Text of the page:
A very good overview by Rebecca Smith on the front page of the Wall Street Journal.
It serves Climateer Investing's purposes as a follow-up and exposition of yesterday's post on John Hill's across the board downgrade of the coal group.
From the WSJ:
...If significant numbers of new coal plants don't get built in the U.S. in coming years, it will put pressure on officials to clear the path for other power sources, including nuclear power, or trim the nation's electricity demand, which is expected to grow 1.8% this year. In a time of rising energy costs, officials also worry about the long-term consequences of their decisions, including higher prices or the potential for shortages.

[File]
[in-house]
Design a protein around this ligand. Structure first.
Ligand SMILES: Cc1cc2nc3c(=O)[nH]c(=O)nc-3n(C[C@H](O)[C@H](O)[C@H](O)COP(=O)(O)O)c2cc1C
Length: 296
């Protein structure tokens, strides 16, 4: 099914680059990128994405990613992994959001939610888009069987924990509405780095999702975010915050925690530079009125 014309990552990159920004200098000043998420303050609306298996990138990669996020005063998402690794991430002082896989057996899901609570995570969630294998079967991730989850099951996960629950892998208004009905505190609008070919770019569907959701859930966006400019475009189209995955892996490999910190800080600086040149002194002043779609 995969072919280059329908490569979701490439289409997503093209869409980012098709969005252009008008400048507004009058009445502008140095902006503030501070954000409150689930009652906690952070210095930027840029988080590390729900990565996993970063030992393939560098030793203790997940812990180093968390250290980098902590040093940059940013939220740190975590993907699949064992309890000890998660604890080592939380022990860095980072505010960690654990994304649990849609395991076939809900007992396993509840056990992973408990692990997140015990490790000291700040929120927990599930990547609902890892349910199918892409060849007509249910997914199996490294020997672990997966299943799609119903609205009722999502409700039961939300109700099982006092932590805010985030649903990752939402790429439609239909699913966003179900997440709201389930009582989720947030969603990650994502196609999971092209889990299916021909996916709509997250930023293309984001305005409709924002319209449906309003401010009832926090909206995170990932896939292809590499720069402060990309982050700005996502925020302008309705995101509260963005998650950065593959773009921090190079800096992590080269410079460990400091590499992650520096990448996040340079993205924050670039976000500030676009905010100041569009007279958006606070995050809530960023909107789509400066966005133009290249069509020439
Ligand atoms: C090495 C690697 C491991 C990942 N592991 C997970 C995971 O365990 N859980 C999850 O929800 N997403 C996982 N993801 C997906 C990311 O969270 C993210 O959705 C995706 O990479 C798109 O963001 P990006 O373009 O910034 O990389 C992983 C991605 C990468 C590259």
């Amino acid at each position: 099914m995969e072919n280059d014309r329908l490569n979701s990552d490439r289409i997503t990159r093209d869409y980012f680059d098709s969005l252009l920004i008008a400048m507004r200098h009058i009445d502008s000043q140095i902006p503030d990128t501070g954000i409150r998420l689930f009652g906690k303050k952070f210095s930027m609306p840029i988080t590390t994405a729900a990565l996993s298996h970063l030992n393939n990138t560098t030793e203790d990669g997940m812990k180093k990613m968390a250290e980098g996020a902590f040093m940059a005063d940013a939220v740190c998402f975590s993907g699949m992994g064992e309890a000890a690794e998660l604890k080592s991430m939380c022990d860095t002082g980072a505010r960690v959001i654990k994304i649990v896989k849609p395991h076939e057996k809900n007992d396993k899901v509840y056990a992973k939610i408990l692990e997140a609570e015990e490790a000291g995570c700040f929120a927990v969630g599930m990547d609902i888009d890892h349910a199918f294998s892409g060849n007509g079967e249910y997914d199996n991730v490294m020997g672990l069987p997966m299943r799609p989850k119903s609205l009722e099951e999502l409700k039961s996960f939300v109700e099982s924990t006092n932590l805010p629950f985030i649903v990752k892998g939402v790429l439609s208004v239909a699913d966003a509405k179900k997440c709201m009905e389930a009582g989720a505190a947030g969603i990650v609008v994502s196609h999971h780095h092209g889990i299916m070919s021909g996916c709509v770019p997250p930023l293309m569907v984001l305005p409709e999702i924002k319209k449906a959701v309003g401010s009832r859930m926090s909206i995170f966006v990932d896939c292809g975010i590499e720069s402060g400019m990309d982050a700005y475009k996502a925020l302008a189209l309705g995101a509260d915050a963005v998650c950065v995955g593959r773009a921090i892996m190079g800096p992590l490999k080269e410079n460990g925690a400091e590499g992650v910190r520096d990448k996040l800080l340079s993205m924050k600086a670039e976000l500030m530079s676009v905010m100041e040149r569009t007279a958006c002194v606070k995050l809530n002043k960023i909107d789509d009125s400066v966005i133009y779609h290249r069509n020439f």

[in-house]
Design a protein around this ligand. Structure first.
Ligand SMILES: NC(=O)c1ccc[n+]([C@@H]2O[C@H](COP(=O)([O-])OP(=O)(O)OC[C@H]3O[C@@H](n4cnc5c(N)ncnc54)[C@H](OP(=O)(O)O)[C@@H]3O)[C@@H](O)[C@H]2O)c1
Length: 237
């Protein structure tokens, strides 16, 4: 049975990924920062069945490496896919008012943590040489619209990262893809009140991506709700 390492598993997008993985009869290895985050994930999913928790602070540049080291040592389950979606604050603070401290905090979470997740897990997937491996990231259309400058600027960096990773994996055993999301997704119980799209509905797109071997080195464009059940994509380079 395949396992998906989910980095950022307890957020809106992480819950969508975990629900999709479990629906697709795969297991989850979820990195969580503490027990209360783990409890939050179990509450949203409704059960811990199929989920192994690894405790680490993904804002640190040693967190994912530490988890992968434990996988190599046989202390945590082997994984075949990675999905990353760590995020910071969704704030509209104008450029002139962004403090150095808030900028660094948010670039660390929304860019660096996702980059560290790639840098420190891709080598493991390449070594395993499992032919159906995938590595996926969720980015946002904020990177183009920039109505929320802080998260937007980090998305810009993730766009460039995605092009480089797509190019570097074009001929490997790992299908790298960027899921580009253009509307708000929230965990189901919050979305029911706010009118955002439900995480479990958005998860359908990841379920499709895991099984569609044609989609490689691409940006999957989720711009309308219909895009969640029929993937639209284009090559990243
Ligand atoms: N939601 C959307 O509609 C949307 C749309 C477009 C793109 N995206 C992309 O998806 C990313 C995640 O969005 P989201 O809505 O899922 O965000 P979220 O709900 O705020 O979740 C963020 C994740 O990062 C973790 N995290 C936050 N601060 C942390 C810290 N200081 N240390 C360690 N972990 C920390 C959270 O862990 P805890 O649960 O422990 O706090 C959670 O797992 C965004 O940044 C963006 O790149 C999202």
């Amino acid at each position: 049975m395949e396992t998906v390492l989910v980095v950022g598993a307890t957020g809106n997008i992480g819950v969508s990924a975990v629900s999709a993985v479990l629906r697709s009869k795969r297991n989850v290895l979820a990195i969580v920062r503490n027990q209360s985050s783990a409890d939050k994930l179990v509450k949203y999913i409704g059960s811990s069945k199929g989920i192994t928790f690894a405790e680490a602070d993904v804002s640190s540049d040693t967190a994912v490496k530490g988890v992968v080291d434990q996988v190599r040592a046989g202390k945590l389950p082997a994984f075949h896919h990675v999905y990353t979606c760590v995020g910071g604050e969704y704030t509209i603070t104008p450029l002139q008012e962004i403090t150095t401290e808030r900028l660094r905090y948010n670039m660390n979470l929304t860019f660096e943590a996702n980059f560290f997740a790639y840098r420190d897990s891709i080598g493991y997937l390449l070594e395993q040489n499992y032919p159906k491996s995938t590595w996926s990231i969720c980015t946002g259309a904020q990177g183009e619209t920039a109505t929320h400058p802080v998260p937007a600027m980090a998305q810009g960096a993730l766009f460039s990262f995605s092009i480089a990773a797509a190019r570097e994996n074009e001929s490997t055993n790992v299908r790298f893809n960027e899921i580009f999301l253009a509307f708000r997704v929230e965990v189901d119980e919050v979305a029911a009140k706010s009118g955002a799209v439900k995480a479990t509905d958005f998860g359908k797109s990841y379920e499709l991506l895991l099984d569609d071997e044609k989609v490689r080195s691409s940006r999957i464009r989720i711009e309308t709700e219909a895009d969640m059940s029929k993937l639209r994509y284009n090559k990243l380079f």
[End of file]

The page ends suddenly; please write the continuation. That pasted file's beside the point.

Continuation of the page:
...That puts the focus on natural gas. "Gas is the bridge fuel" that will step in if coal stumbles, says Marc Spitzer, a member of the Federal Energy Regulatory Commission, regulator of the nation's wholesale gas and electricity markets.
Currently, clean-burning gas provides roughly a fifth of the nation's power needs. But the nation's gas production has been flat, and other industries are increasingly using it as a fuel or raw material. Mr. Spitzer says that the nation needs more facilities to accept liquefied natural gas, which is gas cooled into a liquid that can be imported from overseas.
There it is. I set the text color as black as blogger allows.